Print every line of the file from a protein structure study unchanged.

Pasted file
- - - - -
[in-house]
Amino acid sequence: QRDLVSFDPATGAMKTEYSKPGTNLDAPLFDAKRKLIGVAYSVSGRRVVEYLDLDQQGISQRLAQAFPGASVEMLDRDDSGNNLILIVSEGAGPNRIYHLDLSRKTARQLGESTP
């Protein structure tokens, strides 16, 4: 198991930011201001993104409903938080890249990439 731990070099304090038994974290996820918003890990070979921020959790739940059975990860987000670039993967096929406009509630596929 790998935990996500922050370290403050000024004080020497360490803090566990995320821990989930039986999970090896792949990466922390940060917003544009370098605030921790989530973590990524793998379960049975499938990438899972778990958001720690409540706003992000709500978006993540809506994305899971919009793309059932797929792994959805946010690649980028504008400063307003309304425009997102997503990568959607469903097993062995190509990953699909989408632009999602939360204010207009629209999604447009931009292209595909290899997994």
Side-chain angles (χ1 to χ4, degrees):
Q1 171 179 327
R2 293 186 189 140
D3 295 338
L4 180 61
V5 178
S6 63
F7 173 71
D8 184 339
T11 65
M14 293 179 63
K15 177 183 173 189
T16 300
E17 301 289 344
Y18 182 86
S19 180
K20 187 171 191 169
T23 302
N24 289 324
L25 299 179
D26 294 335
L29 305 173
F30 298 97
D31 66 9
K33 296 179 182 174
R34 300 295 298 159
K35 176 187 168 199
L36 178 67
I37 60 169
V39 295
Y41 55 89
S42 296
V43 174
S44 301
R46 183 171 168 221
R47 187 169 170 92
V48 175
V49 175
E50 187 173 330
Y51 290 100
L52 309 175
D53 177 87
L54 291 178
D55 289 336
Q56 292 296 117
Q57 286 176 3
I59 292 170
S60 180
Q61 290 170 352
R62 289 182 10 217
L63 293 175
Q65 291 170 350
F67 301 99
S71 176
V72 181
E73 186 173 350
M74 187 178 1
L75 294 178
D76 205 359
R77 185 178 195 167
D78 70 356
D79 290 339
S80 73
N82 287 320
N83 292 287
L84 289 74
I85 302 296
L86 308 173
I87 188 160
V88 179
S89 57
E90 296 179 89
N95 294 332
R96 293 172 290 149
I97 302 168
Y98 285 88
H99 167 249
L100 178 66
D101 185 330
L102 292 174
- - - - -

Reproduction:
[in-house]
Amino acid sequence: QRDLVSFDPATGAMKTEYSKPGTNLDAPLFDAKRKLIGVAYSVSGRRVVEYLDLDQQGISQRLAQAFPGASVEMLDRDDSGNNLILIVSEGAGPNRIYHLDLSRKTARQLGESTP
């Protein structure tokens, strides 16, 4: 198991930011201001993104409903938080890249990439 731990070099304090038994974290996820918003890990070979921020959790739940059975990860987000670039993967096929406009509630596929 790998935990996500922050370290403050000024004080020497360490803090566990995320821990989930039986999970090896792949990466922390940060917003544009370098605030921790989530973590990524793998379960049975499938990438899972778990958001720690409540706003992000709500978006993540809506994305899971919009793309059932797929792994959805946010690649980028504008400063307003309304425009997102997503990568959607469903097993062995190509990953699909989408632009999602939360204010207009629209999604447009931009292209595909290899997994």
Side-chain angles (χ1 to χ4, degrees):
Q1 171 179 327
R2 293 186 189 140
D3 295 338
L4 180 61
V5 178
S6 63
F7 173 71
D8 184 339
T11 65
M14 293 179 63
K15 177 183 173 189
T16 300
E17 301 289 344
Y18 182 86
S19 180
K20 187 171 191 169
T23 302
N24 289 324
L25 299 179
D26 294 335
L29 305 173
F30 298 97
D31 66 9
K33 296 179 182 174
R34 300 295 298 159
K35 176 187 168 199
L36 178 67
I37 60 169
V39 295
Y41 55 89
S42 296
V43 174
S44 301
R46 183 171 168 221
R47 187 169 170 92
V48 175
V49 175
E50 187 173 330
Y51 290 100
L52 309 175
D53 177 87
L54 291 178
D55 289 336
Q56 292 296 117
Q57 286 176 3
I59 292 170
S60 180
Q61 290 170 352
R62 289 182 10 217
L63 293 175
Q65 291 170 350
F67 301 99
S71 176
V72 181
E73 186 173 350
M74 187 178 1
L75 294 178
D76 205 359
R77 185 178 195 167
D78 70 356
D79 290 339
S80 73
N82 287 320
N83 292 287
L84 289 74
I85 302 296
L86 308 173
I87 188 160
V88 179
S89 57
E90 296 179 89
N95 294 332
R96 293 172 290 149
I97 302 168
Y98 285 88
H99 167 249
L100 178 66
D101 185 330
L102 292 174